John Jasper, a brooding, moody choirmaster at a finishing school in Victorian England, maintains a secret life that includes frequenting an opium den. His tortured mind becomes obsessed with a young student, Rosa Bud, who is engaged to his nephew Edwin Drood. When she senses the intensity of Jasper's feelings, she becomes frightened of him and avoids his company. When the mixed-blooded Neville Landless and his twin sister Helena arrive at the school from Ceylon, Neville and Edwin take an immediate dislike to one another over Rosa's affections. Although they quarrel and make up, Edwin disappears, and suspicion logically falls on the quick-tempered Neville. Written by
After the first dinner party, as David Manners and Douglass Montgomery are walking down the street to go home, the shadow of the boom mike can be seen in the background on the side of the buildings. See more »
Universal in 1935 took on 'The Mystery Of Edwin Drood' a uncompleted Dickens novel. This is the first sound version, after two (2) silent adaptations and made in their 'Classic Horror' style. The film featured their current stock company, including David Manners and Valerie Hobson and the powerful presence of free lancer Claude Rains. These are all professionals and deliver what is expected of them.
As in the other 'Classic Horror' adaptations of the time this film has a certain look. Every studio had a 'look' for their efforts. Grimy streets for Warner Brothers gangster films, pristine palaces and with C. B. DeMille, washrooms at Paramount. M.G.M. all gloss and polish in almost every production and R.K.O. art-deco grace. With Universal, decrepit buildings, cobwebs, drawing rooms with lots of stuff to knock over with crisp cinematography.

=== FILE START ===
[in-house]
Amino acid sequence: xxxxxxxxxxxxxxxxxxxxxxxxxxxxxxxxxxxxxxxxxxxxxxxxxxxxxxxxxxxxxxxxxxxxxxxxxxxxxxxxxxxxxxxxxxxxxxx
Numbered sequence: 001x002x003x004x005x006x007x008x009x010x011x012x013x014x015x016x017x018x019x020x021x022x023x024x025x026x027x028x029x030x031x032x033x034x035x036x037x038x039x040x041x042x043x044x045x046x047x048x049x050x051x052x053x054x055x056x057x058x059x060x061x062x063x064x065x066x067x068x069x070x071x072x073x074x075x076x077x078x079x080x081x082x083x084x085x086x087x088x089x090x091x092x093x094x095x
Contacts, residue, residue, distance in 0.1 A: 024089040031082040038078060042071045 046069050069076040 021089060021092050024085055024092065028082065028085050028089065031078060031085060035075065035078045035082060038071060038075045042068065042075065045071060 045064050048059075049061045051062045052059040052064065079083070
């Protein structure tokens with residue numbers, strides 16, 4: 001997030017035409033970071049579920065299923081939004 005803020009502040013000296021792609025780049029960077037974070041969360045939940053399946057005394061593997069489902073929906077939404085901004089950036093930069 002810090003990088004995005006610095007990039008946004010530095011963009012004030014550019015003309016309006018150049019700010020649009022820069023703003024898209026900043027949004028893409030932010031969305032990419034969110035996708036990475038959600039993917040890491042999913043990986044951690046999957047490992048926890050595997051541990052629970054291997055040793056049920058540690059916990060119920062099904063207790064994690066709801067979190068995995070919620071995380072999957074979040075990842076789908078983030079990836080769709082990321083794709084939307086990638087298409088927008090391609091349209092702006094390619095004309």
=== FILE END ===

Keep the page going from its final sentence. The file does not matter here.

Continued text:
For details of the plot either watch the film or read one of the other reviewers, they give a blow by blow description and plenty of detail, more is not needed here. What can be said it is too bad that for some reason Universal keeps these films buried in their vaults along with some 600 films from Paramounts classic period. Shown today on TCM (12/05/2011) this is the first time I can recall seeing it since the early 1960s! It does not disappoint, the print being in excellent condition. Hopefully more of these efforts will be released for viewing on TCM and possibly DVD.
3 of 3 people found this review helpful.
Was this review helpful to you?